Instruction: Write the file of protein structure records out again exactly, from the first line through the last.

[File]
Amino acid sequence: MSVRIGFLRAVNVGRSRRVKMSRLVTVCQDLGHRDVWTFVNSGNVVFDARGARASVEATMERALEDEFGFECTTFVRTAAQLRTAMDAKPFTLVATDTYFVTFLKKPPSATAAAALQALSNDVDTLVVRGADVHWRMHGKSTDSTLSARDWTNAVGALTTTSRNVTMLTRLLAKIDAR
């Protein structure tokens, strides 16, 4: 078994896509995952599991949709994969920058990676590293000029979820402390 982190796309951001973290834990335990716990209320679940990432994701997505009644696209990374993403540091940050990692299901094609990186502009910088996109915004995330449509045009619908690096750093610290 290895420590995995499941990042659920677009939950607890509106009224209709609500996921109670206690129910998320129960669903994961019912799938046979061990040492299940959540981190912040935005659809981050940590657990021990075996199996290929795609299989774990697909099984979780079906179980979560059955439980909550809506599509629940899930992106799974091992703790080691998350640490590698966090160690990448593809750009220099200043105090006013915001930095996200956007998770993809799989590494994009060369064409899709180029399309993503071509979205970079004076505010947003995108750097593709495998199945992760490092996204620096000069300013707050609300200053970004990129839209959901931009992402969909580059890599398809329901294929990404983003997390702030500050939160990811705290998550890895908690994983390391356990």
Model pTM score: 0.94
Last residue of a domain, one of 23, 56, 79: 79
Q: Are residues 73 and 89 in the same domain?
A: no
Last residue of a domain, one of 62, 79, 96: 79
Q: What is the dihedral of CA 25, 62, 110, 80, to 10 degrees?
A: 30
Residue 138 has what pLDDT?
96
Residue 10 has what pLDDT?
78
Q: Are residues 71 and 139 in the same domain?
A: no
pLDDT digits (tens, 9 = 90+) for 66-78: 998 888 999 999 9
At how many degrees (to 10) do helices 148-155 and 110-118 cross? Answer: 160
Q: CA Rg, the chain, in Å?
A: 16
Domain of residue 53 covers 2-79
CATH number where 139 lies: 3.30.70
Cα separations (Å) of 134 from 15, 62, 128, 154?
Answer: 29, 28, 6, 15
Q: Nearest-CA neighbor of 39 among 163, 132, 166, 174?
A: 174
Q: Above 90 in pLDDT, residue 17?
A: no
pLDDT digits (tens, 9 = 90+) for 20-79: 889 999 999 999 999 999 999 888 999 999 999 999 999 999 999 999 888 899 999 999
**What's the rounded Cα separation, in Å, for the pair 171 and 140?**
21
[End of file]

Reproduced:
Amino acid sequence: MSVRIGFLRAVNVGRSRRVKMSRLVTVCQDLGHRDVWTFVNSGNVVFDARGARASVEATMERALEDEFGFECTTFVRTAAQLRTAMDAKPFTLVATDTYFVTFLKKPPSATAAAALQALSNDVDTLVVRGADVHWRMHGKSTDSTLSARDWTNAVGALTTTSRNVTMLTRLLAKIDAR
């Protein structure tokens, strides 16, 4: 078994896509995952599991949709994969920058990676590293000029979820402390 982190796309951001973290834990335990716990209320679940990432994701997505009644696209990374993403540091940050990692299901094609990186502009910088996109915004995330449509045009619908690096750093610290 290895420590995995499941990042659920677009939950607890509106009224209709609500996921109670206690129910998320129960669903994961019912799938046979061990040492299940959540981190912040935005659809981050940590657990021990075996199996290929795609299989774990697909099984979780079906179980979560059955439980909550809506599509629940899930992106799974091992703790080691998350640490590698966090160690990448593809750009220099200043105090006013915001930095996200956007998770993809799989590494994009060369064409899709180029399309993503071509979205970079004076505010947003995108750097593709495998199945992760490092996204620096000069300013707050609300200053970004990129839209959901931009992402969909580059890599398809329901294929990404983003997390702030500050939160990811705290998550890895908690994983390391356990």
Model pTM score: 0.94
Last residue of a domain, one of 23, 56, 79: 79
Q: Are residues 73 and 89 in the same domain?
A: no
Last residue of a domain, one of 62, 79, 96: 79
Q: What is the dihedral of CA 25, 62, 110, 80, to 10 degrees?
A: 30
Residue 138 has what pLDDT?
96
Residue 10 has what pLDDT?
78
Q: Are residues 71 and 139 in the same domain?
A: no
pLDDT digits (tens, 9 = 90+) for 66-78: 998 888 999 999 9
At how many degrees (to 10) do helices 148-155 and 110-118 cross? Answer: 160
Q: CA Rg, the chain, in Å?
A: 16
Domain of residue 53 covers 2-79
CATH number where 139 lies: 3.30.70
Cα separations (Å) of 134 from 15, 62, 128, 154?
Answer: 29, 28, 6, 15
Q: Nearest-CA neighbor of 39 among 163, 132, 166, 174?
A: 174
Q: Above 90 in pLDDT, residue 17?
A: no
pLDDT digits (tens, 9 = 90+) for 20-79: 889 999 999 999 999 999 999 888 999 999 999 999 999 999 999 999 888 899 999 999
**What's the rounded Cα separation, in Å, for the pair 171 and 140?**
21